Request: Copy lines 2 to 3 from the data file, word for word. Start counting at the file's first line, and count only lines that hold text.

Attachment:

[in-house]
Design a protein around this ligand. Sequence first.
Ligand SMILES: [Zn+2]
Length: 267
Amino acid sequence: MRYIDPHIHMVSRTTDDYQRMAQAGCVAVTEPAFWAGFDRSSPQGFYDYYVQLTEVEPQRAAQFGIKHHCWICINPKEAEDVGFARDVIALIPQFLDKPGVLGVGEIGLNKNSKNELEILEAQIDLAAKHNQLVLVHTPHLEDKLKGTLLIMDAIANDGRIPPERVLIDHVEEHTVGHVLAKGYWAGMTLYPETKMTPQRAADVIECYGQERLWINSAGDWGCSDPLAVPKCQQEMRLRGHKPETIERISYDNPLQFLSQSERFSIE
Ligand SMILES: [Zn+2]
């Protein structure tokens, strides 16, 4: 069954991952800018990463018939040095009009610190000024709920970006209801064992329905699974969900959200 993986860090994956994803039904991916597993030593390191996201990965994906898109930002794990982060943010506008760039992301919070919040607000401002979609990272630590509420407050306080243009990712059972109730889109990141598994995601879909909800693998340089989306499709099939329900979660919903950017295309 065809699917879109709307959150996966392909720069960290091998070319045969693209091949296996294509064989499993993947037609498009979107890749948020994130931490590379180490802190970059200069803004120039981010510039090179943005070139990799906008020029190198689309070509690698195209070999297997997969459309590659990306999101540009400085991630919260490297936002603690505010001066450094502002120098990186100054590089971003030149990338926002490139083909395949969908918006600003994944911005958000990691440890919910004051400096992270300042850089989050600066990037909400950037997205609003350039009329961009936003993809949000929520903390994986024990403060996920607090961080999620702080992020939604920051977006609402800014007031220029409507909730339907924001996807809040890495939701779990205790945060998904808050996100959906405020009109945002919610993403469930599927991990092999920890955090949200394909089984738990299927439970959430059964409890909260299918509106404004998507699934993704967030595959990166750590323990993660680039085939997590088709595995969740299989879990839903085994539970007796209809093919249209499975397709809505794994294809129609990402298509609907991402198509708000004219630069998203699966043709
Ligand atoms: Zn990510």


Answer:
Design a protein around this ligand. Sequence first.
Ligand SMILES: [Zn+2]